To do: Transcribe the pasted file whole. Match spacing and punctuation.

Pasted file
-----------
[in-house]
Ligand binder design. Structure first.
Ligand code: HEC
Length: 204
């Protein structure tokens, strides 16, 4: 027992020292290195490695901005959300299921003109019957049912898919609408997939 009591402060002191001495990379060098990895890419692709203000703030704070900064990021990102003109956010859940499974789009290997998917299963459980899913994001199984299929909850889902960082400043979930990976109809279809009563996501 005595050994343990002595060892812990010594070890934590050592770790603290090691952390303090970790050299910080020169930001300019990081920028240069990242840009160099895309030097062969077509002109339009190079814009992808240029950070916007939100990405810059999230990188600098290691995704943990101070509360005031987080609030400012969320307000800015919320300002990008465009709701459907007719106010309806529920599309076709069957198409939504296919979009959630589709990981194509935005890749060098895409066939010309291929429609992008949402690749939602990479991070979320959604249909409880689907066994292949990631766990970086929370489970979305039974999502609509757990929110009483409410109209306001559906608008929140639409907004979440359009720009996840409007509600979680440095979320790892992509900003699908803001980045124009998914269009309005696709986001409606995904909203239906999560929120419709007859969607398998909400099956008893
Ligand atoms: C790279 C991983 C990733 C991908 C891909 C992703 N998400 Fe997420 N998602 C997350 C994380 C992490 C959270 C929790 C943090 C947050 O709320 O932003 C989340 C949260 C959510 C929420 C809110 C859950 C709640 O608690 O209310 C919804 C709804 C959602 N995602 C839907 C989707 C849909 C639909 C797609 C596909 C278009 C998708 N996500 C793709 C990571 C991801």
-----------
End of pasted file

[in-house]
Ligand binder design. Structure first.
Ligand code: HEC
Length: 204
């Protein structure tokens, strides 16, 4: 027992020292290195490695901005959300299921003109019957049912898919609408997939 009591402060002191001495990379060098990895890419692709203000703030704070900064990021990102003109956010859940499974789009290997998917299963459980899913994001199984299929909850889902960082400043979930990976109809279809009563996501 005595050994343990002595060892812990010594070890934590050592770790603290090691952390303090970790050299910080020169930001300019990081920028240069990242840009160099895309030097062969077509002109339009190079814009992808240029950070916007939100990405810059999230990188600098290691995704943990101070509360005031987080609030400012969320307000800015919320300002990008465009709701459907007719106010309806529920599309076709069957198409939504296919979009959630589709990981194509935005890749060098895409066939010309291929429609992008949402690749939602990479991070979320959604249909409880689907066994292949990631766990970086929370489970979305039974999502609509757990929110009483409410109209306001559906608008929140639409907004979440359009720009996840409007509600979680440095979320790892992509900003699908803001980045124009998914269009309005696709986001409606995904909203239906999560929120419709007859969607398998909400099956008893
Ligand atoms: C790279 C991983 C990733 C991908 C891909 C992703 N998400 Fe997420 N998602 C997350 C994380 C992490 C959270 C929790 C943090 C947050 O709320 O932003 C989340 C949260 C959510 C929420 C809110 C859950 C709640 O608690 O209310 C919804 C709804 C959602 N995602 C839907 C989707 C849909 C639909 C797609 C596909 C278009 C998708 N996500 C793709 C990571 C991801």